The investigators of the Swiss Accident Investigation Board were never able to determine why Gerber took the decision to fly over the river at such low altitude.
He was most likely to have wanted to show the great versatility and manoeuvrability of the helicopter.
Gerber had been working at the airport for about ten years, and knew the surrounding area. Perhaps he may have forgotten temporarily the presence of this power line.
During the investigation it was established that only a few days earlier during another scenic flight he had already committed another imprudence flying at low altitude over the Aar river passing under the "Halenbrücke" bridge.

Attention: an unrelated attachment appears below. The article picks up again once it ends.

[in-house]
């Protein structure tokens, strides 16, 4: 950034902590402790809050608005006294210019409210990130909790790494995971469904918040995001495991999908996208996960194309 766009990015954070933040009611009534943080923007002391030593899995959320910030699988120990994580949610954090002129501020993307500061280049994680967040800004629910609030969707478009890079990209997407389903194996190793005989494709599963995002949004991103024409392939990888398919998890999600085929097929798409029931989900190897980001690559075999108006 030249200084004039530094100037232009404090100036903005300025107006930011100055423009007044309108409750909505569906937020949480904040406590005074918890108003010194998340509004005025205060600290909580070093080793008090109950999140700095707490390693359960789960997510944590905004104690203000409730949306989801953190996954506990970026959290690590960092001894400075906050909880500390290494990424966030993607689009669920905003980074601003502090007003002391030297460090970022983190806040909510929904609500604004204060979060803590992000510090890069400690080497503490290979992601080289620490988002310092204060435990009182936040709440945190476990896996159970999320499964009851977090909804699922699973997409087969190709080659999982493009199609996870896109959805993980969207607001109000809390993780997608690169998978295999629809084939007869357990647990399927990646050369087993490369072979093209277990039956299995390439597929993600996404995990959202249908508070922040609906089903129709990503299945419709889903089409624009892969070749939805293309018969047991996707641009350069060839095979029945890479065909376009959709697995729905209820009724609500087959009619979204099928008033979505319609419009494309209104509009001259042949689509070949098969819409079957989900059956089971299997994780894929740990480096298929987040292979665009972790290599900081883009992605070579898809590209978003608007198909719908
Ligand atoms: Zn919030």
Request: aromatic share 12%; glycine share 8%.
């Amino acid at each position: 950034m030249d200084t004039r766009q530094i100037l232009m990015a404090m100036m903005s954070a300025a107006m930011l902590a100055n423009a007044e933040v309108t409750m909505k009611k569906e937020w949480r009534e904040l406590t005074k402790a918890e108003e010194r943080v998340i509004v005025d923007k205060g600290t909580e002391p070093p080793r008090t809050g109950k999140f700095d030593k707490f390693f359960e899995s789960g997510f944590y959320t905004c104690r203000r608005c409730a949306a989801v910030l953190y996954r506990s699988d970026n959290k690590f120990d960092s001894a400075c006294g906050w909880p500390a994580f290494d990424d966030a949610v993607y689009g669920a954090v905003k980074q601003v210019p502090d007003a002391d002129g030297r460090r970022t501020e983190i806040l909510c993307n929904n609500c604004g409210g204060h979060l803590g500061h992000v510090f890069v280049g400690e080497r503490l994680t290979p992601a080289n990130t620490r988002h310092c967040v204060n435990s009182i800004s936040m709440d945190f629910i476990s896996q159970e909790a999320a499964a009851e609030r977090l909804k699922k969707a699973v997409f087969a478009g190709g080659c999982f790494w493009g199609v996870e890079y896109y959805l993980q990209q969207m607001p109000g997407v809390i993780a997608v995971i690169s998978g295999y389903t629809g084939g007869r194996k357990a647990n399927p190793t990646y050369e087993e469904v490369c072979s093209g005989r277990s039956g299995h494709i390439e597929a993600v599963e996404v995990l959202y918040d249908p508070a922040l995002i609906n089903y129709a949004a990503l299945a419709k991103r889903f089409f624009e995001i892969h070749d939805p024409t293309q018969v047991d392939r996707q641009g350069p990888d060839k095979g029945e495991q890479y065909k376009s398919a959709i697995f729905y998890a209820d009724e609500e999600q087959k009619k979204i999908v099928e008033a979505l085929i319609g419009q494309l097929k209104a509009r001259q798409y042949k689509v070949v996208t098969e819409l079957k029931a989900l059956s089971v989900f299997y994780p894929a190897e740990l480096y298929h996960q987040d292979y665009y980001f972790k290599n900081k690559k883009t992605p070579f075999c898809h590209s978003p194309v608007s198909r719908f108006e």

On 14 May 1957, the Swiss Accident Investigation Board released the official accident report.
At the time of the tragic accident Raymond Gerber was qualified to fly with the Hiller 360, Sikorsky S-51, Bell 47D1 and 47G and had a flight experience under his belt of 930 hours on airplanes and 70 hours on helicopters, of which 18h30min on a Bell 47D1/G.
The incident had a personal and financial impact on the newly-founded Schweizerische Helikopter AG.
No beginning could be worse than the one deserved to the young company which later became the most important helicopter operator in Switzerland.
Flight activity began again in the following Spring with a new pilot (Leo Kunz) and a new helicopter (Bell 47G HB-XAE).